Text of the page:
johnson treatment

The Johnson Treatment employed a number of tactics to suit the target, and Jumbo (that’s what he called it) was one of the tools at lbj’s disposal

George, you and I shouldn’t be talking about 1964, we should be talking about 1984. We’ll both be dead and gone then. Now, you got a lot of poor people down there in Alabama, a lot of ignorant people. A lot of people need jobs, a lot of people need a future. You could do a lot for them, George. Your President will help you. Now, in 1984, George, what do you want left behind? Do you want a great big marble monument that says, ‘George Wallace: He Built’? Or do you want a little piece of scrawny pine board lying across that harsh, caliche soil that reads, 'George Wallace: He Hated’?
— 

President Lyndon B. Johnson, imploring Alabama’s segregationist Governor George Wallace to help protect Civil Rights activists led by Dr. Martin Luther King, Jr., who planned to finish the Selma to Montgomery march for voting rights which was originally interrupted by violence from law enforcement and white citizens against the non-violent protesters on Bloody Sunday in Selma.

Attorney General Nicholas Katzenbach, who was in the Oval Office during the meeting between President Johnson and Governor Wallace and witnessed LBJ used his famed Johnson Treatment" against the staunch opponent of civil rights later said, “That was the most amazing conversation I’ve ever been present at.”

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Cato, Lyndon Johnson, and the ancient art of toilet politics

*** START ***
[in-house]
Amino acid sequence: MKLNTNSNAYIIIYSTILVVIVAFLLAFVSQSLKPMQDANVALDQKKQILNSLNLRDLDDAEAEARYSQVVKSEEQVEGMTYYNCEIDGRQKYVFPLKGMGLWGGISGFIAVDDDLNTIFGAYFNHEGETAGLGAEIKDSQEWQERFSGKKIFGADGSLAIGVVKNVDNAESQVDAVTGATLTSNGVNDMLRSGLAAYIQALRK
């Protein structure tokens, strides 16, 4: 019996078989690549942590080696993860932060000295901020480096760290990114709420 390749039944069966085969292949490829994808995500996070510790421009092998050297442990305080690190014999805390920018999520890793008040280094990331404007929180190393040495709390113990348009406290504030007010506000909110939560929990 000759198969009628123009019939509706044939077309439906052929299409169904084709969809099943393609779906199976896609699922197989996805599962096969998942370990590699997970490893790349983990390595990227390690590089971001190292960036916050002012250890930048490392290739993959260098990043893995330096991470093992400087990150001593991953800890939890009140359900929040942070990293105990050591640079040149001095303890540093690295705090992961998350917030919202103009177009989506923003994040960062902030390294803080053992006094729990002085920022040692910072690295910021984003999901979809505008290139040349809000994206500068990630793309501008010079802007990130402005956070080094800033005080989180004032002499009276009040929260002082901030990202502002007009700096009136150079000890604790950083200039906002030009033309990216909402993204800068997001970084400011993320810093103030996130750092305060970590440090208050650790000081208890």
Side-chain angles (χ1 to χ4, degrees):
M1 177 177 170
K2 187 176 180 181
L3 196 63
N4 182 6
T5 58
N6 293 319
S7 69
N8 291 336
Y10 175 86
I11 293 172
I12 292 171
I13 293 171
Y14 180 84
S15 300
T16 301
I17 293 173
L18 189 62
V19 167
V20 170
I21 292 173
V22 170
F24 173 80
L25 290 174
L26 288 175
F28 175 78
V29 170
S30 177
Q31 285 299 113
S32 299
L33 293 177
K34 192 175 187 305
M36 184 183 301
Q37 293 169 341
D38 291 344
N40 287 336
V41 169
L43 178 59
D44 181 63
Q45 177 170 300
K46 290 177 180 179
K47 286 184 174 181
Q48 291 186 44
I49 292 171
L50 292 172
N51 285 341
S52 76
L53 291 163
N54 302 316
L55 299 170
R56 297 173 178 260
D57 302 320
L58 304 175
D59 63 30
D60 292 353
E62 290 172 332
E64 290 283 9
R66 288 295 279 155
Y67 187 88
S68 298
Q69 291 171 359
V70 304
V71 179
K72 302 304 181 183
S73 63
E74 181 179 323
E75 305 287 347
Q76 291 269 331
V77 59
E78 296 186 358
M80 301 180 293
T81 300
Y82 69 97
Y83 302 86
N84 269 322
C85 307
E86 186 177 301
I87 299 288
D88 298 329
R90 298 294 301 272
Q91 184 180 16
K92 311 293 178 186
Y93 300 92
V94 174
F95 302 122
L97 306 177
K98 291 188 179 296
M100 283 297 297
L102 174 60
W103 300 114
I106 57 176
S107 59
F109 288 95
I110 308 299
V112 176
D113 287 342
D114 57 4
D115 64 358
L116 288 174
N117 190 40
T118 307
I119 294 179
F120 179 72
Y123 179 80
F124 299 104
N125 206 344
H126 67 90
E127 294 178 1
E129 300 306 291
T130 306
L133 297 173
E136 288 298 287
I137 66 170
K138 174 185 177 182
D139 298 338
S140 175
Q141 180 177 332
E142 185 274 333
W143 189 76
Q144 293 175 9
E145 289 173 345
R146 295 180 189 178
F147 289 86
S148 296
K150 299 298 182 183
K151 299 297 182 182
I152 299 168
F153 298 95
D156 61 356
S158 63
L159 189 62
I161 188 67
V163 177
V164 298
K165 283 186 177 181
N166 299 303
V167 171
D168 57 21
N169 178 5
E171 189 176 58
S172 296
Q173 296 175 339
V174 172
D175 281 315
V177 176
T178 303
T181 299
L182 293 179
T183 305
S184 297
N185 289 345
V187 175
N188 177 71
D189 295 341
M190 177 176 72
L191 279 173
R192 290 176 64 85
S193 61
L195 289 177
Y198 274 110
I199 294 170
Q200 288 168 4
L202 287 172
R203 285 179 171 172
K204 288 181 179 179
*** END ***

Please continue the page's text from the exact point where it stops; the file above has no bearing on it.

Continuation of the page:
Living in the 1st century BC Cato the Younger was a popular Roman senator and statesman known for his unyielding personality, iron will, and strict adherence to traditional Roman virtues and stoic philosophy.  A lion of the Senate, he was the rival of such powerful figures such as Julius Caesar and Pompey the Great.  In 58 BC Cato held audience with Ptolemy XII, the King of Egypt.  Egypt was in chaos due to infighting over the throne and a rebellion among its citizens.  The Ptolemy’s were Macedonian descendants of Ptolemy Soter, a general who served under Alexander the Great and inherited Egypt after Alexander’s death.  The Romans looked down upon the Ptolemy’s, viewing them as fat, lazy, ugly, over privileged slobs whose incestuous relationships were slowly destroying the Ptolemaic line.  Cato was especially critical of the Ptolemy’s, who offended his stoic lifestyle in values.  Upon news of Ptolemy XII arrival, Cato took a dose of a laxative, and stipulated that he would only hold audience with Ptolemy if the business was to be conducted in Cato’s private lavatory while he was on the toilet.  Negotiations between Cato and Ptolemy were conducted whilst Cato produced a number of loud, smelly bowel movements.  One could only imagine poor Ptolemy, stating his case but periodically being interrupted by a noisy fart here and there.  Cato’s contempt for Ptolemy was clear, he was a worthless as shit as far as Cato was concerned.